The Science on Vegan Diets for Dogs
Thinking about switching your dog to a vegan diet? Choosing your pup's diet can be a big deal, and it's important to research what's best for their overall health and happiness. That's why we're taking a look at the top vegan dog studies to break down what they did, how they did it, and what the results mean for your pup.
Can dogs digest plants?
- Axelsson et al. 2013. "The genomic signature of dog domestication reveals adaptation to a starch-rich diet"
- Arendt et al. 2014. "Amylase activity is associated with AMY2B copy numbers in dog: implications for dog domestication, diet and diabetes"
- Ollivier et al. 2016. "Amy2B copy number variation reveals starch diet adaptations in ancient European dogs"
The results: Researcher Erik Axelsson and his colleagues at Uppsala University in Sweden discovered that dogs have anywhere from four to 30 copies of a gene, AMY2B, that allows them to digest starchy (plant-based) foods. Wolves typically only have two copies. The duplication of this gene in dogs dates back at least 5,000 to 7,000 years, according to paleontological data. These findings indicate that dogs adapted to relatively starch-rich diets early in their domestication.
How digestible are starches and grains for dogs?
- Murray et al. 1999. "Evaluation of selected high-starch flours as ingredients in canine diets"
- Carciofi et al. 2008. "Effects of six carbohydrate sources on dog diet digestibility and post-prandial glucose and insulin response"
- Cargo-Froom et al. 2017. "227 Apparent and true digestibility of minerals in animal and vegetable ingredient based adult maintenance dog food"
The results: In their 1999 study, Murray and his colleagues looked at the digestibility of corn, barley, potato, rice, sorghum, and wheat in dogs. They found that the digestibility for all was greater than 99%. A subsequent study by Carciofi discovered similar results for rice, corn, sorghum, cassava, brewer's rice, peas, and lentils. The study confirmed starch digestibility to be greater than 98%. In 2017, Cargo-Froom compared digestibility of minerals in dogs on meat-based diets versus dogs on plant-based diets. Their results concluded that digestibility of endogenous minerals is similar or greater in dogs fed diets that are largely vegetable based.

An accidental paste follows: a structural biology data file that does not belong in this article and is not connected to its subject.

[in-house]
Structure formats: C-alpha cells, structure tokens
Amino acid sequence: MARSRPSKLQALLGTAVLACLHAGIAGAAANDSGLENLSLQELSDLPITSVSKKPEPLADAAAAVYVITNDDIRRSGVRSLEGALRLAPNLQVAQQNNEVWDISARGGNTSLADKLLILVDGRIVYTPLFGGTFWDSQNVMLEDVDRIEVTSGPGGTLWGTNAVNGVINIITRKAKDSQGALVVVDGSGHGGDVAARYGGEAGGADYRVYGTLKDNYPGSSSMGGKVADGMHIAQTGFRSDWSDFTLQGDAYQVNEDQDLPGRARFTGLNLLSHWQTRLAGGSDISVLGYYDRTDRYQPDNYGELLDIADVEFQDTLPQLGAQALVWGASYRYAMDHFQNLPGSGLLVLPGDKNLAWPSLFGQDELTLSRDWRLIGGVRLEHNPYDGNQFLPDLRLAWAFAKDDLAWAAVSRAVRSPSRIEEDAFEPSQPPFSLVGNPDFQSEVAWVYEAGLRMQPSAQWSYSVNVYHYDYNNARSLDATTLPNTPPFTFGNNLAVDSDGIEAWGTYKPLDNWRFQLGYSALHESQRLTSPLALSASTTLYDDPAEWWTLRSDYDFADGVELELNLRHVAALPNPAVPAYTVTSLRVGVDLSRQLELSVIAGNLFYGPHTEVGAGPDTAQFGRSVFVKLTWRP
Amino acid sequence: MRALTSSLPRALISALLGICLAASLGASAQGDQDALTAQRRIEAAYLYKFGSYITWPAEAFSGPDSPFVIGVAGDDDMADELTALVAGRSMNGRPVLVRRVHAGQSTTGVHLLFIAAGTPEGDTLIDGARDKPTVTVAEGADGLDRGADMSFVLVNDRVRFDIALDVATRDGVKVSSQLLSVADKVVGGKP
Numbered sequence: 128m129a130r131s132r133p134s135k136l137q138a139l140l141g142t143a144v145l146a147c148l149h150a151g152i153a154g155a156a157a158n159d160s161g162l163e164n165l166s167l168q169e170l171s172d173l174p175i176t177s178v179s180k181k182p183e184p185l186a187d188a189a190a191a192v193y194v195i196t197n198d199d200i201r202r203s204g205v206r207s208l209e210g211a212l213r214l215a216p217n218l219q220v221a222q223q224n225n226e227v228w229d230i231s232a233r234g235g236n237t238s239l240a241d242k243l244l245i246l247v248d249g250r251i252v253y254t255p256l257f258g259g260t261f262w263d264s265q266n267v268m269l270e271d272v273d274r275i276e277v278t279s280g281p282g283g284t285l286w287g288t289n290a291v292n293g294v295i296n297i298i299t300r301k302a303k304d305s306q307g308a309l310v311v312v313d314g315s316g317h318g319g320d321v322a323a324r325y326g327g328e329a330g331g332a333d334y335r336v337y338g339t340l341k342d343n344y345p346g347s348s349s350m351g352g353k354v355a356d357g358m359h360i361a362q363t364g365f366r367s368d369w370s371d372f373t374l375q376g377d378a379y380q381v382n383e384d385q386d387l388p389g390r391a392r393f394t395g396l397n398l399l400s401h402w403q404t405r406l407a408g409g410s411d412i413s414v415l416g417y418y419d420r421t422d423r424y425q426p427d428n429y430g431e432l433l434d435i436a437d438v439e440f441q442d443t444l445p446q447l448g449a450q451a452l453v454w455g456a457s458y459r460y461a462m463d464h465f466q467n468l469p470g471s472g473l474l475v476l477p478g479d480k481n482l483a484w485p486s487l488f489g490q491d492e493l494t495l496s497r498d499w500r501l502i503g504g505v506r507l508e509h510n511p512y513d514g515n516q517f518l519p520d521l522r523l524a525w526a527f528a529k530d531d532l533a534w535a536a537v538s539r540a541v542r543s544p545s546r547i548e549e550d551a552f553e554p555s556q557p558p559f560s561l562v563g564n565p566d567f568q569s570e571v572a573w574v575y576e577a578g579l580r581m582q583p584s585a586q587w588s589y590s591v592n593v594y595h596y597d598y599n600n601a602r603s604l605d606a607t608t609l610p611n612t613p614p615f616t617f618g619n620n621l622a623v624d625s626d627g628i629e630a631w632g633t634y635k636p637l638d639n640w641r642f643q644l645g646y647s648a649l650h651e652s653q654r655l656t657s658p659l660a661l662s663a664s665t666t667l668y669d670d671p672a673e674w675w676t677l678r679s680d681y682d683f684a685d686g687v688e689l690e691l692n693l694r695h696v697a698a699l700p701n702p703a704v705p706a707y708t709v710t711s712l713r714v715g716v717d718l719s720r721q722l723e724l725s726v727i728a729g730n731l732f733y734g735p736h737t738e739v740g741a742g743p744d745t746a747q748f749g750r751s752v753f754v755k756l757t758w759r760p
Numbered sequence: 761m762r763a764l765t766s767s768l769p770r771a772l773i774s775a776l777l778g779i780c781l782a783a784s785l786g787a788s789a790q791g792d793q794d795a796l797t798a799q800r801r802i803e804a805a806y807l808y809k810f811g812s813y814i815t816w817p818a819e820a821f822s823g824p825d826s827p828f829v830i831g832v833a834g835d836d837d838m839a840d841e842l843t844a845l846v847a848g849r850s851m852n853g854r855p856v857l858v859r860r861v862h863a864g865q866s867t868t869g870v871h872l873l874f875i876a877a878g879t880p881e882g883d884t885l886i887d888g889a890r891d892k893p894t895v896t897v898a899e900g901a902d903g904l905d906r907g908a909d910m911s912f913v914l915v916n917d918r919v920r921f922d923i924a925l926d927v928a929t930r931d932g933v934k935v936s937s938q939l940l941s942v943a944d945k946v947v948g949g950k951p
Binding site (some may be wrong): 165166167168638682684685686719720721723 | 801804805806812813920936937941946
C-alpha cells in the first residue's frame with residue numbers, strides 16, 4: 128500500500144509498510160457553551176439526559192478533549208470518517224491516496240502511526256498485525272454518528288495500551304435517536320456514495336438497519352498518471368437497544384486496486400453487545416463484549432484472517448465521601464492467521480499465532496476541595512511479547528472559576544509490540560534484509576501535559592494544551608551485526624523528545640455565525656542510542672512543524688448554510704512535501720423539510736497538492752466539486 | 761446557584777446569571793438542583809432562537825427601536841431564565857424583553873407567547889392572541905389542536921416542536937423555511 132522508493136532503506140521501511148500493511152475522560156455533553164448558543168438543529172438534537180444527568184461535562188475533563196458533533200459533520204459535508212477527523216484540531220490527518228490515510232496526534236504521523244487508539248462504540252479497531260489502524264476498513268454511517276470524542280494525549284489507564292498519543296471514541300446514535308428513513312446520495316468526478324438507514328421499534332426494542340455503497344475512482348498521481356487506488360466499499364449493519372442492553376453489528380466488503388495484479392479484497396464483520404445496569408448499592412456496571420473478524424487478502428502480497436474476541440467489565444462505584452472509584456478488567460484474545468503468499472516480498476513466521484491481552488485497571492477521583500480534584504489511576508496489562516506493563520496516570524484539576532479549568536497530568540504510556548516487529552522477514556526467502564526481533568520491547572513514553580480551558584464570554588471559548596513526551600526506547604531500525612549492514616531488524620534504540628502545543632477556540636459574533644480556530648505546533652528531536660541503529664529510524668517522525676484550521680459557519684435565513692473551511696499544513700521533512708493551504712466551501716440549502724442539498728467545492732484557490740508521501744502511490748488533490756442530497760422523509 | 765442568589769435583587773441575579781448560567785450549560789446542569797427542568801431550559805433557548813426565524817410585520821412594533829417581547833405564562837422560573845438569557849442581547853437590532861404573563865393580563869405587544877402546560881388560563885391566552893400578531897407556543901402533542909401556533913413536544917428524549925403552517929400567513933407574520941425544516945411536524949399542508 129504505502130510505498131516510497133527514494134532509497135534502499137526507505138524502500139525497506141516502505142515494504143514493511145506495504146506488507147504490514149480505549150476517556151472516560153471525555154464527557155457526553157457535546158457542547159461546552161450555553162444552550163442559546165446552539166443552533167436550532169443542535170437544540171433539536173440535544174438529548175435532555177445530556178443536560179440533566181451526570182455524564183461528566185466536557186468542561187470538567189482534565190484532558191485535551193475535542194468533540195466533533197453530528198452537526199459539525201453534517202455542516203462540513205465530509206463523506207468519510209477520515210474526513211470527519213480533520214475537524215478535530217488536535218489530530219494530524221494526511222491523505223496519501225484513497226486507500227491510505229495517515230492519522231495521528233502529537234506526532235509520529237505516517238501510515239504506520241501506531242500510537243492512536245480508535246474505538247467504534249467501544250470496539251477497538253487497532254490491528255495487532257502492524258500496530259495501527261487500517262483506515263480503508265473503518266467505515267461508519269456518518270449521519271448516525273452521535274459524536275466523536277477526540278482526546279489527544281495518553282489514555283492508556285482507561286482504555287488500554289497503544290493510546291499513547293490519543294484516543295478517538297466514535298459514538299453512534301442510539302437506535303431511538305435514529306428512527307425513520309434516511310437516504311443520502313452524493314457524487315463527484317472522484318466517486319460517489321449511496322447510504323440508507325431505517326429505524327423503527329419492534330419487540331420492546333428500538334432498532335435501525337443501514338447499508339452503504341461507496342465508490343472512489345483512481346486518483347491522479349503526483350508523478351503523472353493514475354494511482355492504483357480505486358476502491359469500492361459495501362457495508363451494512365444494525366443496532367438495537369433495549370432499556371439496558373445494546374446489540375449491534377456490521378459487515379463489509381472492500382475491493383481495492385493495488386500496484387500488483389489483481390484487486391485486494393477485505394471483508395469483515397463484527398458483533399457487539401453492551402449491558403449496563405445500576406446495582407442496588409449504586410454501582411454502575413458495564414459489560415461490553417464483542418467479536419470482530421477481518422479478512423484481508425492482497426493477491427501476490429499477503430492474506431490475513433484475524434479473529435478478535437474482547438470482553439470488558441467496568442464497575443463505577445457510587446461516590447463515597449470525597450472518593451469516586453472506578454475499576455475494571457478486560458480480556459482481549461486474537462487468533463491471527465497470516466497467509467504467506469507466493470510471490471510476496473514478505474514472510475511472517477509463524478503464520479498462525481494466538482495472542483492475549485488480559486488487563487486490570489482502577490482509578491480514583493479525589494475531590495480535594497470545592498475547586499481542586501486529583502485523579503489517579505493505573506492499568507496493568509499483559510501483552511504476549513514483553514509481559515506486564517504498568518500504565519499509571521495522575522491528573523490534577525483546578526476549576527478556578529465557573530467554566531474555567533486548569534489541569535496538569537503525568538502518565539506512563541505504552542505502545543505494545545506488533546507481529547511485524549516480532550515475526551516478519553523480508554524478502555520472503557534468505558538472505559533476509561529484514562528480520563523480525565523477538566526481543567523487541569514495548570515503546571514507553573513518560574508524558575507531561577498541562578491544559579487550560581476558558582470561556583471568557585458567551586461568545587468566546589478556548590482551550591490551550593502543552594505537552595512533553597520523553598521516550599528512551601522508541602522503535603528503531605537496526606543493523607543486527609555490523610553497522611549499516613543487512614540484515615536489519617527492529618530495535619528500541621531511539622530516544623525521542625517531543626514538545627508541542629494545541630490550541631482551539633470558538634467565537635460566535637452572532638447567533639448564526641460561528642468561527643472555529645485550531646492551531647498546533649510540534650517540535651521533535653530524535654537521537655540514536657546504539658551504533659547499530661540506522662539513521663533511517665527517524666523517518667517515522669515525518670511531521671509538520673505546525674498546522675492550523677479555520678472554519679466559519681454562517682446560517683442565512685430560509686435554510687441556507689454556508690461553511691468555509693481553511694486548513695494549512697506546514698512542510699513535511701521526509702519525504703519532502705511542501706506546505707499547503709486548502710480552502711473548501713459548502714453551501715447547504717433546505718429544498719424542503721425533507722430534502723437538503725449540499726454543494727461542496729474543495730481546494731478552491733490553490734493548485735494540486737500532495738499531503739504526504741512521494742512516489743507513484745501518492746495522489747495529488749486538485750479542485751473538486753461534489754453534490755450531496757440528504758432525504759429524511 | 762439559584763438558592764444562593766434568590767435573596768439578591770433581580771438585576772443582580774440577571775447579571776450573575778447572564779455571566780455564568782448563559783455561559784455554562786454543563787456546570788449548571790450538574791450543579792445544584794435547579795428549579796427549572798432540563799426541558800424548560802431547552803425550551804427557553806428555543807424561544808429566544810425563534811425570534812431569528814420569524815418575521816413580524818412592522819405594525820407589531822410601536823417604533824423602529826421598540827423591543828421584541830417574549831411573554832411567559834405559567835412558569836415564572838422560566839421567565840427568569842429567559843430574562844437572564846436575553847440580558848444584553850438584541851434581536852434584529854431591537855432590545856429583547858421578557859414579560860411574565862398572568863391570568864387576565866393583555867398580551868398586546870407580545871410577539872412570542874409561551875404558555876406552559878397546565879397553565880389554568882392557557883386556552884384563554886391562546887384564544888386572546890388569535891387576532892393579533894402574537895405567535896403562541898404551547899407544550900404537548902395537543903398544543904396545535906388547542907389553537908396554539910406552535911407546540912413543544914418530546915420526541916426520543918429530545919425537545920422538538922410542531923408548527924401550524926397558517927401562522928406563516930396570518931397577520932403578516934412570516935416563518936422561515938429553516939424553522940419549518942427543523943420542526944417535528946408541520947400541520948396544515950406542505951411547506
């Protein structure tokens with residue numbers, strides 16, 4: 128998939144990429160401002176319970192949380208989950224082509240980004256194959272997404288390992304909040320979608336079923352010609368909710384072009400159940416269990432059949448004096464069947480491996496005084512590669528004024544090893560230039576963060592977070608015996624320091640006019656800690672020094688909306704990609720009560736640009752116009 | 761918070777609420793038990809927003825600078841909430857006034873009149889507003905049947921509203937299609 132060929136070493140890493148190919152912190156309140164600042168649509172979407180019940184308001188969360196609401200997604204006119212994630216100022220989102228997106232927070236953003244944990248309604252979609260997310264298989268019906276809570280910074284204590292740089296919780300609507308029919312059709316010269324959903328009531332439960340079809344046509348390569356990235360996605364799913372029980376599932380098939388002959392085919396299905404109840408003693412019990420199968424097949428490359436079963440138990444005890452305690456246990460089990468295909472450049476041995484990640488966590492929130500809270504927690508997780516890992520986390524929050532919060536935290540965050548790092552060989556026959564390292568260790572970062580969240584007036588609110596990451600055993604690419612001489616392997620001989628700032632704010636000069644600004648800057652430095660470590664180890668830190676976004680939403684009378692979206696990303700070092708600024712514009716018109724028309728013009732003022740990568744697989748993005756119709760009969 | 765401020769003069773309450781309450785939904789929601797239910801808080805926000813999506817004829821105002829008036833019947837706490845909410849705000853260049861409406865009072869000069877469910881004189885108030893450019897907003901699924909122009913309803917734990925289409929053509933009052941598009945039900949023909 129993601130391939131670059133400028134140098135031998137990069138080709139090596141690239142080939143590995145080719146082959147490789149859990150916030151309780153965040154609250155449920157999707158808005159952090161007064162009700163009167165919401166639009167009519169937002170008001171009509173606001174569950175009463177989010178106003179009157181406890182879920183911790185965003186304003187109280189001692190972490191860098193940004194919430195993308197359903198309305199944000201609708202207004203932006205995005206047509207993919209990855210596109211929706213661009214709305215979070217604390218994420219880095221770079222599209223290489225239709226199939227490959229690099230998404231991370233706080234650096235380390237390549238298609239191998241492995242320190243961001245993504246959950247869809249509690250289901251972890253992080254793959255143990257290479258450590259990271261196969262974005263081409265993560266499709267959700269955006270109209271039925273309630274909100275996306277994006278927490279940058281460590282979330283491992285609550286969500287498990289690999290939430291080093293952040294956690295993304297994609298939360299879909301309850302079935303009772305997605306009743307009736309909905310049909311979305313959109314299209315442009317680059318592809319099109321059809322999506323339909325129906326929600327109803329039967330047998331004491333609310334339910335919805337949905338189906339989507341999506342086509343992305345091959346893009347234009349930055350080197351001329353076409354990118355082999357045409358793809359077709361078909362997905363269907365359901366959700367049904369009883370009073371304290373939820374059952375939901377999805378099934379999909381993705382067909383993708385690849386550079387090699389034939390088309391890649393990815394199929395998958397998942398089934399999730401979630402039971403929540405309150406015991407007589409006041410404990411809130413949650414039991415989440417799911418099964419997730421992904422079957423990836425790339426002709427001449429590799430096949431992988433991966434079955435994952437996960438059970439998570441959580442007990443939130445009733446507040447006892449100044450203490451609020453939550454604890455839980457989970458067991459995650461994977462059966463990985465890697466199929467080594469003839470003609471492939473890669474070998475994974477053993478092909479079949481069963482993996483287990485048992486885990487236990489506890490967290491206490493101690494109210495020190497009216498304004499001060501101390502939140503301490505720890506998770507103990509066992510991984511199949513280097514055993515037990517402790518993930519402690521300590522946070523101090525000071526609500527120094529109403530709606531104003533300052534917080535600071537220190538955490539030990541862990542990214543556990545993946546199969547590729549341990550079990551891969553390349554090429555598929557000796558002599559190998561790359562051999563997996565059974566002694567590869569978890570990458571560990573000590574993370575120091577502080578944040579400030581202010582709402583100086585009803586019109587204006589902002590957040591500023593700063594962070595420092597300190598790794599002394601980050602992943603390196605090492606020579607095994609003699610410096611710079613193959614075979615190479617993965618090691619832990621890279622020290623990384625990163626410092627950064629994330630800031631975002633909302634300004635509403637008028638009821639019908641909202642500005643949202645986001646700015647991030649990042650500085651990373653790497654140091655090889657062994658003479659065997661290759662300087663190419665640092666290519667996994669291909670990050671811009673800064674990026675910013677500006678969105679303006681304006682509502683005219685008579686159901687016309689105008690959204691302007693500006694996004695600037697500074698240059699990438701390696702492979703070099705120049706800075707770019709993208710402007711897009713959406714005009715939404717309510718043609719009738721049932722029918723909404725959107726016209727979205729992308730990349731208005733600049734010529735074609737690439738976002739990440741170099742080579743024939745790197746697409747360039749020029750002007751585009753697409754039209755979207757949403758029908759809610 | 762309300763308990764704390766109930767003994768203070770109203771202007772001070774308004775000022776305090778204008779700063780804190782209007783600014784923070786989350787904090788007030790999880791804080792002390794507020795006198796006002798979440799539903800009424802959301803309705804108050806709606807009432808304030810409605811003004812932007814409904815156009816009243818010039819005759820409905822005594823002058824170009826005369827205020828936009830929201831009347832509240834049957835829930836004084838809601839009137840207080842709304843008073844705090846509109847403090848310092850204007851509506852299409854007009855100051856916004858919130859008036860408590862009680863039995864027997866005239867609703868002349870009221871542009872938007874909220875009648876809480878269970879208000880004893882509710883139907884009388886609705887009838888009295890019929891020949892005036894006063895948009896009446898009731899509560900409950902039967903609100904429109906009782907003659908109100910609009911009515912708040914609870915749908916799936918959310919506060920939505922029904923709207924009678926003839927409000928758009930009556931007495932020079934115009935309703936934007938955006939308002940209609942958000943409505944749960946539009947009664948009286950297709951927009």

Does bloodwork indicate that dogs maintain proper health on vegan diets?
- Brown et al. 2009. "An experimental meat-free diet maintained haematological characteristics in sprint-racing sled dogs."
- Semp 2014. "Vegan nutrition of dogs and cats"
The results: In 2009, Brown studied sprint-racing huskies fed a nutritionally complete meatless diet over a period of 16 weeks, including 10 weeks of competitive racing. Blood tests found that red blood cell counts and hemoglobin values were within the normal range throughout the study, and the consulting veterinarian determined all participating dogs to be in excellent physical condition. In a 2014 study, researcher Semp of Vienna Veterinary University hypothesized that dogs fed a complete vegan diet would exhibit iron and B12 deficiencies, but instead found that there were no significant deviations from dogs fed a conventional meat-based diet. She concluded that plant-based diets, if nutritionally complete, can assure a healthy lifestyle in dogs.
Are vegan diets appropriate for sensitive and allergy-prone dogs?
The study: Mueller et al. 2016. "Critically appraised topic on adverse food reactions of companion animals (2): common food allergen sources in dogs and cats"
The results: Mueller analyzed food allergies (including hypersensitivities and food intolerances) in a population of 297 dogs and discovered that the most frequently reported food allergens were beef (34%), dairy (17%), chicken (15%), wheat (13%), and lamb (5%). These findings indicate that the majority of the top food allergens for dogs are animal-based, and that plant-based diets may provide relief for dogs with food allergies and sensitivities.
Can dogs thrive on vegan diets?
The study: Knight 2016. "Vegetarian versus Meat-Based Diets for Companion Animals"
The results: Veterinarian Dr. Andrew Knight analyzed four previous studies that assessed the nutritional soundness of plant-based diets for dogs. Based on his own data as well as the growing body of population studies and case reports surrounding this topic, he concluded that dogs can thrive on vegetarian diets, given that they are nutritionally complete and balanced, and may even experience a range of health benefits.
Learn more: Veterinarian Publishes Study on Vegan Dogs
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